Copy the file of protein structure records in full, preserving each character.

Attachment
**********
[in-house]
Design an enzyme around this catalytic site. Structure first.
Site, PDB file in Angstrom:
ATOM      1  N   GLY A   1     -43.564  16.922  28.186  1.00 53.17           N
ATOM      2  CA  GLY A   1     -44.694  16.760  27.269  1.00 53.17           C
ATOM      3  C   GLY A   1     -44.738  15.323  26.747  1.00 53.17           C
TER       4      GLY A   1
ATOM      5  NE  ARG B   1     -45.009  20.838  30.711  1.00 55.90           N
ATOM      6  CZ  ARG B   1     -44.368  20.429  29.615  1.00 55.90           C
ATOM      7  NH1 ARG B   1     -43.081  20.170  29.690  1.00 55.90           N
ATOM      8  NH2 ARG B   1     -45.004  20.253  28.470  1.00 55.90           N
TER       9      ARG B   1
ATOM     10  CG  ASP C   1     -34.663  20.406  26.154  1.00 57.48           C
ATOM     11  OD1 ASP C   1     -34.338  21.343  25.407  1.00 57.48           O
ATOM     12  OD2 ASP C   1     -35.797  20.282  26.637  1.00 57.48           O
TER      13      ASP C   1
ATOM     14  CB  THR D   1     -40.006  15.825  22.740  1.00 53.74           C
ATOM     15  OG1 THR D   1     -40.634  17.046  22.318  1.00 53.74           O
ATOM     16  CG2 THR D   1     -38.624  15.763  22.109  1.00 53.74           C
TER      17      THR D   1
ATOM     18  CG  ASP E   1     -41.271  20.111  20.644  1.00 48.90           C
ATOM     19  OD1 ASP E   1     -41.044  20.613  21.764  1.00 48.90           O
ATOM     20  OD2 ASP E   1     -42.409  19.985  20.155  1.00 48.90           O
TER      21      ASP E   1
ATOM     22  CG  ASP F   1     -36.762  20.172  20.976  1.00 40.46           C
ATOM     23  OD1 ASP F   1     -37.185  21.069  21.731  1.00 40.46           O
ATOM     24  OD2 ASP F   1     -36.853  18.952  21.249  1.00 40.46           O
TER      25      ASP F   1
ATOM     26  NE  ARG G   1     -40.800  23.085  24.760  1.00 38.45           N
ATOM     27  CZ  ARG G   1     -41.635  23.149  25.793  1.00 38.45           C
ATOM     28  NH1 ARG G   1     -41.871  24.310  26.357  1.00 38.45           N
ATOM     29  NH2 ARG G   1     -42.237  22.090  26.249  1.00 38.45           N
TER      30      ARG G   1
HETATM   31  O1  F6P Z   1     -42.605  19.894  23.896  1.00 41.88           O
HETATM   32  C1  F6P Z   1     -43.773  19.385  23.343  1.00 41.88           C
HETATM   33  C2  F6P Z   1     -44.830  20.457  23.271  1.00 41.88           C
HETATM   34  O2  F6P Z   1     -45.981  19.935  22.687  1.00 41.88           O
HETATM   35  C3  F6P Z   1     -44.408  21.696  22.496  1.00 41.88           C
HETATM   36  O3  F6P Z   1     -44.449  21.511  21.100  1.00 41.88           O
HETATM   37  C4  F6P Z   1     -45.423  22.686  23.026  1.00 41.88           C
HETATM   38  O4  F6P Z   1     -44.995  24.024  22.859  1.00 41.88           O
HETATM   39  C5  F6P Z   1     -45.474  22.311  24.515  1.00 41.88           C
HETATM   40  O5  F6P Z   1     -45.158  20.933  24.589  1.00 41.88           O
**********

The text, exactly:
[in-house]
Design an enzyme around this catalytic site. Structure first.
Site, PDB file in Angstrom:
ATOM      1  N   GLY A   1     -43.564  16.922  28.186  1.00 53.17           N
ATOM      2  CA  GLY A   1     -44.694  16.760  27.269  1.00 53.17           C
ATOM      3  C   GLY A   1     -44.738  15.323  26.747  1.00 53.17           C
TER       4      GLY A   1
ATOM      5  NE  ARG B   1     -45.009  20.838  30.711  1.00 55.90           N
ATOM      6  CZ  ARG B   1     -44.368  20.429  29.615  1.00 55.90           C
ATOM      7  NH1 ARG B   1     -43.081  20.170  29.690  1.00 55.90           N
ATOM      8  NH2 ARG B   1     -45.004  20.253  28.470  1.00 55.90           N
TER       9      ARG B   1
ATOM     10  CG  ASP C   1     -34.663  20.406  26.154  1.00 57.48           C
ATOM     11  OD1 ASP C   1     -34.338  21.343  25.407  1.00 57.48           O
ATOM     12  OD2 ASP C   1     -35.797  20.282  26.637  1.00 57.48           O
TER      13      ASP C   1
ATOM     14  CB  THR D   1     -40.006  15.825  22.740  1.00 53.74           C
ATOM     15  OG1 THR D   1     -40.634  17.046  22.318  1.00 53.74           O
ATOM     16  CG2 THR D   1     -38.624  15.763  22.109  1.00 53.74           C
TER      17      THR D   1
ATOM     18  CG  ASP E   1     -41.271  20.111  20.644  1.00 48.90           C
ATOM     19  OD1 ASP E   1     -41.044  20.613  21.764  1.00 48.90           O
ATOM     20  OD2 ASP E   1     -42.409  19.985  20.155  1.00 48.90           O
TER      21      ASP E   1
ATOM     22  CG  ASP F   1     -36.762  20.172  20.976  1.00 40.46           C
ATOM     23  OD1 ASP F   1     -37.185  21.069  21.731  1.00 40.46           O
ATOM     24  OD2 ASP F   1     -36.853  18.952  21.249  1.00 40.46           O
TER      25      ASP F   1
ATOM     26  NE  ARG G   1     -40.800  23.085  24.760  1.00 38.45           N
ATOM     27  CZ  ARG G   1     -41.635  23.149  25.793  1.00 38.45           C
ATOM     28  NH1 ARG G   1     -41.871  24.310  26.357  1.00 38.45           N
ATOM     29  NH2 ARG G   1     -42.237  22.090  26.249  1.00 38.45           N
TER      30      ARG G   1
HETATM   31  O1  F6P Z   1     -42.605  19.894  23.896  1.00 41.88           O
HETATM   32  C1  F6P Z   1     -43.773  19.385  23.343  1.00 41.88           C
HETATM   33  C2  F6P Z   1     -44.830  20.457  23.271  1.00 41.88           C
HETATM   34  O2  F6P Z   1     -45.981  19.935  22.687  1.00 41.88           O
HETATM   35  C3  F6P Z   1     -44.408  21.696  22.496  1.00 41.88           C
HETATM   36  O3  F6P Z   1     -44.449  21.511  21.100  1.00 41.88           O
HETATM   37  C4  F6P Z   1     -45.423  22.686  23.026  1.00 41.88           C
HETATM   38  O4  F6P Z   1     -44.995  24.024  22.859  1.00 41.88           O
HETATM   39  C5  F6P Z   1     -45.474  22.311  24.515  1.00 41.88           C
HETATM   40  O5  F6P Z   1     -45.158  20.933  24.589  1.00 41.88           O